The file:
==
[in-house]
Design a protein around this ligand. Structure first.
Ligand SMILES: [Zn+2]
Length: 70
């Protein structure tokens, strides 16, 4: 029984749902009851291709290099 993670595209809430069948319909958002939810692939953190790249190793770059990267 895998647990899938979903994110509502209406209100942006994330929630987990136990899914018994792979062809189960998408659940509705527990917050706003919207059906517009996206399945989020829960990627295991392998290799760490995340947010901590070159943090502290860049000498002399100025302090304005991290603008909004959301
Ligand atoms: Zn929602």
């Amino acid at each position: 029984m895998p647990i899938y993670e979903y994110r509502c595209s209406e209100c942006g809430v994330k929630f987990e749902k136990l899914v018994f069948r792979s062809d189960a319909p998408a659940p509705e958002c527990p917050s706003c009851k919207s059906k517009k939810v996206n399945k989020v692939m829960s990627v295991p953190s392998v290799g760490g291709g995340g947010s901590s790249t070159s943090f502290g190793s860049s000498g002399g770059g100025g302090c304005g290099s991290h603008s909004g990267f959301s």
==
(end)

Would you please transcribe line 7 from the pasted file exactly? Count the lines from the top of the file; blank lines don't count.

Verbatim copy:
């Amino acid at each position: 029984m895998p647990i899938y993670e979903y994110r509502c595209s209406e209100c942006g809430v994330k929630f987990e749902k136990l899914v018994f069948r792979s062809d189960a319909p998408a659940p509705e958002c527990p917050s706003c009851k919207s059906k517009k939810v996206n399945k989020v692939m829960s990627v295991p953190s392998v290799g760490g291709g995340g947010s901590s790249t070159s943090f502290g190793s860049s000498g002399g770059g100025g302090c304005g290099s991290h603008s909004g990267f959301s």